Hillary Allen Returns to Europe in Search of Redemption

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Early this morning in Chamonix, France, August 29, the streets were mostly quiet. By 1:30 am, most of the late night revelers along Rue Ravanel had headed for home. Coming in from the woods down valley, however, occasional trail runners appeared every five or 10 minutes, moving through the cool, overcast evening. They were among the top finishers in the in the Ultra-Trail du Mont-Blanc’s 145-kilometer Ducs de Savoie, or TDS trail race.

TDS is the UTMB series’ most technically challenging race, with just under 30,000 feet of climbing and descending as the route wends its way from Courmayeur, Italy, over the border, and through the French Alps to Chamonix, at the base of 15,780-foot-high Mont Blanc.

One of those runners was the accomplished U.S. trail athlete Hillary Allen, who took second place, in a time of 21:52:16, just 16 minutes back of winner Audrey Tanguay of France. And as she turned the corner into Place du Triangle, a waiting crowd erupted into wild cheering.

It might not have been so. Two years ago, Allen’s life nearly ended on Norway’s Hamperokken ridge, 1400 meters above the small Norwegian city of Tromsø. There, she took a devastating fall, rag-dolling 150 feet down the rocky ridge. Martina Valmassoi was there, photographing the race.

“I saw Hillary in the distance and hollered a hello,” she said. (Valmassoi, a fellow mountain racer, skipped the start line due to injury.) “I looked through the camera, and Hillary disappeared. Then I saw her falling off the ridge. I saw it all. It was really bad. She bounced at least six times. I thought something really bad …” Valmassoi’s voice trailed off, perhaps not quite able to say what was on her mind. “But I heard her screaming and that meant she was alive.”

I looked through the camera, and Hillary disappeared. Then I saw her falling off the ridge. I saw it all. It was really bad. She bounced at least six times. I thought something really bad …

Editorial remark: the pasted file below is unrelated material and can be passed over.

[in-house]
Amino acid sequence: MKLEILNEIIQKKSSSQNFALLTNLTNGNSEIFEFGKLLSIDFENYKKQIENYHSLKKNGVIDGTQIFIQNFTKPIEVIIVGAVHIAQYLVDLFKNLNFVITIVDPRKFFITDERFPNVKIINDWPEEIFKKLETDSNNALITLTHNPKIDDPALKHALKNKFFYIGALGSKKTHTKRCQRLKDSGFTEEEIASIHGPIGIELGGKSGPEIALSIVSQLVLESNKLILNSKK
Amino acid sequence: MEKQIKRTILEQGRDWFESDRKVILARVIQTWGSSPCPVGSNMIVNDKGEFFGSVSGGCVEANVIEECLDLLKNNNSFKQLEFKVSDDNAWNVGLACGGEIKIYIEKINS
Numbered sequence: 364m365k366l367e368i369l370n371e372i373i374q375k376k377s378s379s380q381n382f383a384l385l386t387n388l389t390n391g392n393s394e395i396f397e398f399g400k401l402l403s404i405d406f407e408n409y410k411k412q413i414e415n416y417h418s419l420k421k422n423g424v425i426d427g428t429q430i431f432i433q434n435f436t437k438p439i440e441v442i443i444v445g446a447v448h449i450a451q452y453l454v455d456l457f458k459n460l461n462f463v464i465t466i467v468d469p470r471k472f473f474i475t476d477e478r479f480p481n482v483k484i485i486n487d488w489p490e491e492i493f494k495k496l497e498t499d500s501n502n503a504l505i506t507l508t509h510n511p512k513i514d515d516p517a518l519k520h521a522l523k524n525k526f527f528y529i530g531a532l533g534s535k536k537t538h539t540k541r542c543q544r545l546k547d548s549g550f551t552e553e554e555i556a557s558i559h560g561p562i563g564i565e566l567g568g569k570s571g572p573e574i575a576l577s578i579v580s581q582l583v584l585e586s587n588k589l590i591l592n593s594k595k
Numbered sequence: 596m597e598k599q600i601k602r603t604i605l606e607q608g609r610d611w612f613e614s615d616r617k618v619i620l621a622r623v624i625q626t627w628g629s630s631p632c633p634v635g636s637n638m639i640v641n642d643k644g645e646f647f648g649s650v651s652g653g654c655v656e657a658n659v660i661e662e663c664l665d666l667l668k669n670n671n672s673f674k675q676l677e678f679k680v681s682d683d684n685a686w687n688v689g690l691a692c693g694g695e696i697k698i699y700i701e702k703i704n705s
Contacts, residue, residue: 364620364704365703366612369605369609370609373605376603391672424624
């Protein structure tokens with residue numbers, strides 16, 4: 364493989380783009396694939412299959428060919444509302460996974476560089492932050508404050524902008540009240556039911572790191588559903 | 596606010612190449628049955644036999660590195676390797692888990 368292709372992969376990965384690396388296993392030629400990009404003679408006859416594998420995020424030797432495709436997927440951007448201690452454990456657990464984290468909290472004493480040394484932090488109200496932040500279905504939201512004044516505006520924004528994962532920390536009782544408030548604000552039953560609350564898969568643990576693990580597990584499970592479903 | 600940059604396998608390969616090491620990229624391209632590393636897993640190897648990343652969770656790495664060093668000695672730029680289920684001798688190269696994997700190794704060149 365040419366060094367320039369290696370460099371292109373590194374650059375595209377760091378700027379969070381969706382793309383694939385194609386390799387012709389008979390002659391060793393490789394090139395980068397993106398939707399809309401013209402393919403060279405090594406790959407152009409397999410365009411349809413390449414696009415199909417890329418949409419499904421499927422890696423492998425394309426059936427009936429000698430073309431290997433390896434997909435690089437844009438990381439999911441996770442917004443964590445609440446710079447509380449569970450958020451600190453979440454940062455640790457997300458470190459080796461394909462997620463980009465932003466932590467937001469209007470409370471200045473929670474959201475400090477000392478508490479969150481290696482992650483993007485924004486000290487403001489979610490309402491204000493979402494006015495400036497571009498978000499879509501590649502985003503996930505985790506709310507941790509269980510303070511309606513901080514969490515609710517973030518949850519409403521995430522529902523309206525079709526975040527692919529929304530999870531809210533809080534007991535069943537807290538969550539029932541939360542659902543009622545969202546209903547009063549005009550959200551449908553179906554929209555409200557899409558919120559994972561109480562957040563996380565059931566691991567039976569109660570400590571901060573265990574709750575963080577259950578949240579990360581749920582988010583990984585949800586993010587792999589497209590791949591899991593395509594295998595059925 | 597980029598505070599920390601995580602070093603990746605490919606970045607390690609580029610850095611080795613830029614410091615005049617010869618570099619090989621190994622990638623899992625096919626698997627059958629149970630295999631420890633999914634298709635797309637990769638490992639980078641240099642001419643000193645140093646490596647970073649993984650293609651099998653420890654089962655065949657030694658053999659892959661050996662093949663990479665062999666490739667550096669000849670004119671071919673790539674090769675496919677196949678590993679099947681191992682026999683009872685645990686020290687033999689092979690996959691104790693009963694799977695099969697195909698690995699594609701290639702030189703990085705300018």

The rescue quickly took shape. Valmassoi immediately called Catalan trail runner and Race Director Kilian Jornet. “I think Kilian ran his fastest time down Hamperokken Ridge,” said Valmassoi. In less than 30 minutes, a helicopter was on site.

The accident exacted a toll on the usually nimble Allen, who is nicknamed “Hillygoat:” a dozen broken bones, a sprained ankle, a torn ligament, bruising. Two surgeries in Norway, three more in Boulder, Colorado. Much of the ensuing two years have been about recovery. Finally feeling strong this spring, she slipped on ice this past winter and suffered a cruel setback, breaking her ankle.

“My confidence was in the gutter,” she said. I took all the races off my schedule.” For her second recovery, she turned to gravel bike racing. “It scared me and challenged me. It was what I needed.”

Just six weeks after slipping into trail-running shoes, she won Italy’s 48-kilometer Cortina Trail race. Was she back to her old self? Physically, perhaps. But Allen had unfinished business. Tromsø was never far from her mind. “When I crossed the finish line at Cortina, I made the decision right there to go back [to Tromsø].”

And so, on August 3rd, she found herself once again in northern Norway. Two days before the Tromsø Skyrace, she and Manu Par, one of the first runners on the scene for the rescue, returned to the ridge where Allen fell.

“I didn’t feel scared, but there was a pit in my stomach. I spent the afternoon in silence, reflecting. I didn’t know if I could go back during the race,” says Allen, “But my emotions progressed. I developed some more positive memories. And during the race, I was laughing and smiling.”

Though with other things on her mind than getting to the podium, Allen finished 11th of 25 women finishers.

After Tromsø, Allen turned her attention to TDS, one of the six major UTMB series of races that take place at the end of August each year. She spent much of August in the region, doing reconnaissance on the route and running around Chamonix and nearby Annecy, France.

“TDS is my A race. I’m going to prepare as best I can and take it as it comes,” she explained, during her prep time in the French Alps. “It’s going to be hard, but I’m feeling confident and ready to handle the hard moments when they come.”

For Allen and anyone following her, the result cements an undeniable fact: she’s back.

Sitting for a post-race interview under the icon blue UTMB arch outside the Chamonix mayor’s office, Allen reflected on the metaphorical distance she’s travelled. “I was told I’d never run again, let alone compete at an elite level,” Allen said. “The past two years have been about me trying to fall in love with running again.”

Contemplating all that has transpired since her fall at Tromsø, Allen said, “I’m so glad I went back there. It felt so good to close the chapter and celebrate.”

TDS’s race date was fortuitous—this week Allen also celebrated her 31st birthday. Those months of hard work paid their dividends last night in Chamonix, for Allen. If that was return on investment was unsurprising, she did have one curveball for the crowd gathered to hear her words as clocks edged toward 2 a.m. “The cool thing is,” she said, “I’ve never run this far before!”

Doug Mayer lives in Chamonix, France, where he runs the company Run the Alps. Trail Runner Contributing Editor Brian Metzler is writing an in-depth profile of Hillary Allen for an upcoming issue of Trail Runner.

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